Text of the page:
Bethlehem (300), Etzion DCL
06:30 - A lot of people and cars outside as usual. A. our acquaintance is not yet here and that’s a sign that there are problems on the Palestinian side of the checkpoint. Inside the checkpoint 5 windows are open, the gate between the windows opens from time to time to let people pass and relieve the pressure in the queues. Shouts and screams can be heard from the Palestinian side of the checkpoint, as usually happens when there is a lot of pressure.
At 06:50 the Israeli side empties but on the Palestinian side the shouting goes on. It seems that there are still many people there but they stopped the passage. The passage resumes at once and toward 7 o’clock A., our acquaintance, arrives. Last week he told us that the checkpoint is “upside down": when the war is on the checkpoint functions well but once there is a ceasefire the usual mess returns. Today as well it’s like this. P. the Ecumenical volunteer from Ireland arrives agitated and confirms that the Palestinian side is under pressure; it took him over an hour to pass to the Israelis side.
At one point, when one of the soldiers left the window, two officers arrived and opened the gate between the windows; one of the officers took the place of the soldier and began to let people through. Then he sat in other windows as well, to replace the soldiers. We saw some people who were rejected, some because their permit was only valid from 08:00. One of them asked for our help: he was prevented from entering Israel because of a financial debt (a traffic fine) but he paid it with the help of Ada, our friend. Despite this they prevented him from passing because the payment has yet to appear in the system. They not only prevented him from passing, but took his permit as well and sent him to get a new one at the DCO. We suggested Ada help him again.
At the end of the conversation with this man the security guard told him vigorously and aggressively to leave. I went outside (where you can see the passage back to the Palestinian side) and saw that he was pushing him, hitting him and kicking him, until he expelled him back to the Palestinian side. Later, when he went to "accompany” other people back to the Palestinian side, I went out again to see how to he behaves, but since this time an officer was with him he wasn’t so violent. The guard later came on his own initiative to talk to us. The exchange ranged between an effort to converse despite our differences, to him accusing and slandering us. He said he was satisfied with his behavior and he has no problem with us reporting him. He admitted that indeed he used violence but denied beating the man or kicking him. He said he used "reasonable force depending on the circumstances." We asserted again and again that the circumstances did not justify use of any force, because the man did not act violently. He said that he has worked for several years as a security guard at a checkpoint (a civil company) and that previously he served in the security forces. He said that "all Palestinians are animals." Some time ago, he and another security guard were attacked while trying to instill order in the line on the Palestinian side, and they were almost lynched. According to him I am "a pathological liar", and all of us support ISIS... there was no point in continuing this dialogue and we continued on our way.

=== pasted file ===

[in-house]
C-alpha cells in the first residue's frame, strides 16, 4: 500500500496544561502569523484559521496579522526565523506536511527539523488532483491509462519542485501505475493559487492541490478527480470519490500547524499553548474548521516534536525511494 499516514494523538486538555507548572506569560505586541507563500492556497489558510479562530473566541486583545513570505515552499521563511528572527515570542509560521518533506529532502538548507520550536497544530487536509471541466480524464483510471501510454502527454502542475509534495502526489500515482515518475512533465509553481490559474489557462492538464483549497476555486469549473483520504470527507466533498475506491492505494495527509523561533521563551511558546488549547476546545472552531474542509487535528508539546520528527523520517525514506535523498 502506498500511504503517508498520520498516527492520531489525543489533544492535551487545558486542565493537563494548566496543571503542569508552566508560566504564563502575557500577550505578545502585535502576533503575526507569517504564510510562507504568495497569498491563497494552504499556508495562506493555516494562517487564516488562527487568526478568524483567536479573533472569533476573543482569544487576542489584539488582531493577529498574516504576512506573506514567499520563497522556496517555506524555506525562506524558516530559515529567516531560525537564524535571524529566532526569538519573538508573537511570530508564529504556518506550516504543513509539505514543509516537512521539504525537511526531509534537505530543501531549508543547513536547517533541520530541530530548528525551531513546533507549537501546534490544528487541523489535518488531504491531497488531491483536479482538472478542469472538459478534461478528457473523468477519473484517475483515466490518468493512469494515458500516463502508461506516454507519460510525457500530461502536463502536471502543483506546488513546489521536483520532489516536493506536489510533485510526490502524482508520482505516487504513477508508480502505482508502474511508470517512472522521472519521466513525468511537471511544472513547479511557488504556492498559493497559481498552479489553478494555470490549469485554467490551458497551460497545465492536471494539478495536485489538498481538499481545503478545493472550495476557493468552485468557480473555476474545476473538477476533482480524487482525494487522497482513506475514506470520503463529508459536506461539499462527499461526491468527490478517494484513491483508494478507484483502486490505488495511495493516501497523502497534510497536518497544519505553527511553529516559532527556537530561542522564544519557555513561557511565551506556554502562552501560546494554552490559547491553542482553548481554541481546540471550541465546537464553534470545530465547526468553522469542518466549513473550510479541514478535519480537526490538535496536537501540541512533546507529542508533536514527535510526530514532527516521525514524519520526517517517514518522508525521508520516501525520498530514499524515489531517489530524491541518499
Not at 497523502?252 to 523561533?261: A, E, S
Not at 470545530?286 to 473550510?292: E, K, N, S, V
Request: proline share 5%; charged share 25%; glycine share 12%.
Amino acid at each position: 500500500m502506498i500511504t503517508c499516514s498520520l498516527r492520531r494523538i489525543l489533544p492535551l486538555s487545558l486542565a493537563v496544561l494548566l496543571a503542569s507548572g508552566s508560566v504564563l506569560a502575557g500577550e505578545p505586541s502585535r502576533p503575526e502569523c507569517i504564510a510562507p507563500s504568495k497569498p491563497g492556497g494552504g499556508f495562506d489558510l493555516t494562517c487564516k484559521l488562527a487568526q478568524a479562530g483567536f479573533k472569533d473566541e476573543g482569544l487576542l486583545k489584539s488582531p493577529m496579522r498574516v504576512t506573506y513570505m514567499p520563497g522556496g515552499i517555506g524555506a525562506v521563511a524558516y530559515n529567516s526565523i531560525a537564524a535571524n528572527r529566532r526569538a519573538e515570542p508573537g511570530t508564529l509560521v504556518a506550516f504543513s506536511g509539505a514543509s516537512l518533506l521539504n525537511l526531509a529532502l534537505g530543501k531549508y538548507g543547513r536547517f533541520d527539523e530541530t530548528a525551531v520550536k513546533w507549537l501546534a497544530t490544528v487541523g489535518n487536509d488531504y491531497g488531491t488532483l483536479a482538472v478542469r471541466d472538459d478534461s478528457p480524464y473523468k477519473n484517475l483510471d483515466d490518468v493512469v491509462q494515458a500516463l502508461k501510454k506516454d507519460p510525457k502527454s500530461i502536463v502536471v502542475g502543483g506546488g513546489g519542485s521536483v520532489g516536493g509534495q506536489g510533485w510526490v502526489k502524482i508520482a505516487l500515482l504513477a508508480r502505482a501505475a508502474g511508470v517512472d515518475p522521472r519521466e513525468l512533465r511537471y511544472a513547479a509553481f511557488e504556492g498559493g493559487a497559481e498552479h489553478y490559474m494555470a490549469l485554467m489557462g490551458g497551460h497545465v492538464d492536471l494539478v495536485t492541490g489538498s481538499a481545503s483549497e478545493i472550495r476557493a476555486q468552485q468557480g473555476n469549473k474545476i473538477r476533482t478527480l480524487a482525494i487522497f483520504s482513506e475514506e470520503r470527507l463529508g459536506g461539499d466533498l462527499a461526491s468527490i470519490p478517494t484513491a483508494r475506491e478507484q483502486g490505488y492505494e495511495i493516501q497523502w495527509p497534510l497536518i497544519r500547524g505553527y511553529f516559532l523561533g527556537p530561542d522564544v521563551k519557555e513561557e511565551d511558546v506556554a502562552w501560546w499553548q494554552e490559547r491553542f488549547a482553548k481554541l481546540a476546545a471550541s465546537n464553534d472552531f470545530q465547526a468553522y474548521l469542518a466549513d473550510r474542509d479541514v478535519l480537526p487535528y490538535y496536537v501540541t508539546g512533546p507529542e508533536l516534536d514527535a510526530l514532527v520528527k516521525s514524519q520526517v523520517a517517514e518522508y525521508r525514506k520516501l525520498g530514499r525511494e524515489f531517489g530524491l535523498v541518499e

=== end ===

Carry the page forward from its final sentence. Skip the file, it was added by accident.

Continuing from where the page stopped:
We arrived when it was already open. There were relatively few people there. The machine issuing numbers for the lines had disappeared, the soldiers handed out numbers manually when they opened. Most people came for the issuance of a magnetic card. Reception will begin only at 12:00, but they arrive early to get a number that has a chance to get in. We told a few people about the documents they have to obtain and attach to the application for prevention removal. A university professor arrived, who is planning to go abroad for a continuing education program with a group of teachers. Tomorrow she has to be at the British Consulate in Jerusalem, Israel. But she was prevented from passing and did not get a permit to enter Israel. We referred her to Hannah Barag, but apparently to no avail. Before we left, we saw that she and her brother went inside to try their luck, perhaps they will agree to consider her urgent request and give her permission to go to Jerusalem and realize her dream to join her colleagues. Blessed is the believer.